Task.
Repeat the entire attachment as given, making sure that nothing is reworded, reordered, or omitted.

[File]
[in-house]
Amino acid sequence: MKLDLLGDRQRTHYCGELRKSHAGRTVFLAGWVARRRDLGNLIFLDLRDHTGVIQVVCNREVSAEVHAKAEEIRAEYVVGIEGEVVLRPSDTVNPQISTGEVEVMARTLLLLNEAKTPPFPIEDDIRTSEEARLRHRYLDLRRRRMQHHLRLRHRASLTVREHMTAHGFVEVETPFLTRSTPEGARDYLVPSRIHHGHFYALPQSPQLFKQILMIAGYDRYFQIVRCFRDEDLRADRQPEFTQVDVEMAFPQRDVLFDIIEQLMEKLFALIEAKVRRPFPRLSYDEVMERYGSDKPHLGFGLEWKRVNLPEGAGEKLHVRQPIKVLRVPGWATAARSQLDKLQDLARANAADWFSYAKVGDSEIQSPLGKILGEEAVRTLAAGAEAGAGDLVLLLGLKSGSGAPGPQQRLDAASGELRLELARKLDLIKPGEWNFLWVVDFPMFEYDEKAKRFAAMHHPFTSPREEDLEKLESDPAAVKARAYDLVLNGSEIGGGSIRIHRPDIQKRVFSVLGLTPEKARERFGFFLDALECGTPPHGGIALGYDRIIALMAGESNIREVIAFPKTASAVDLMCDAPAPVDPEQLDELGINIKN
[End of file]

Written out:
[in-house]
Amino acid sequence: MKLDLLGDRQRTHYCGELRKSHAGRTVFLAGWVARRRDLGNLIFLDLRDHTGVIQVVCNREVSAEVHAKAEEIRAEYVVGIEGEVVLRPSDTVNPQISTGEVEVMARTLLLLNEAKTPPFPIEDDIRTSEEARLRHRYLDLRRRRMQHHLRLRHRASLTVREHMTAHGFVEVETPFLTRSTPEGARDYLVPSRIHHGHFYALPQSPQLFKQILMIAGYDRYFQIVRCFRDEDLRADRQPEFTQVDVEMAFPQRDVLFDIIEQLMEKLFALIEAKVRRPFPRLSYDEVMERYGSDKPHLGFGLEWKRVNLPEGAGEKLHVRQPIKVLRVPGWATAARSQLDKLQDLARANAADWFSYAKVGDSEIQSPLGKILGEEAVRTLAAGAEAGAGDLVLLLGLKSGSGAPGPQQRLDAASGELRLELARKLDLIKPGEWNFLWVVDFPMFEYDEKAKRFAAMHHPFTSPREEDLEKLESDPAAVKARAYDLVLNGSEIGGGSIRIHRPDIQKRVFSVLGLTPEKARERFGFFLDALECGTPPHGGIALGYDRIIALMAGESNIREVIAFPKTASAVDLMCDAPAPVDPEQLDELGINIKN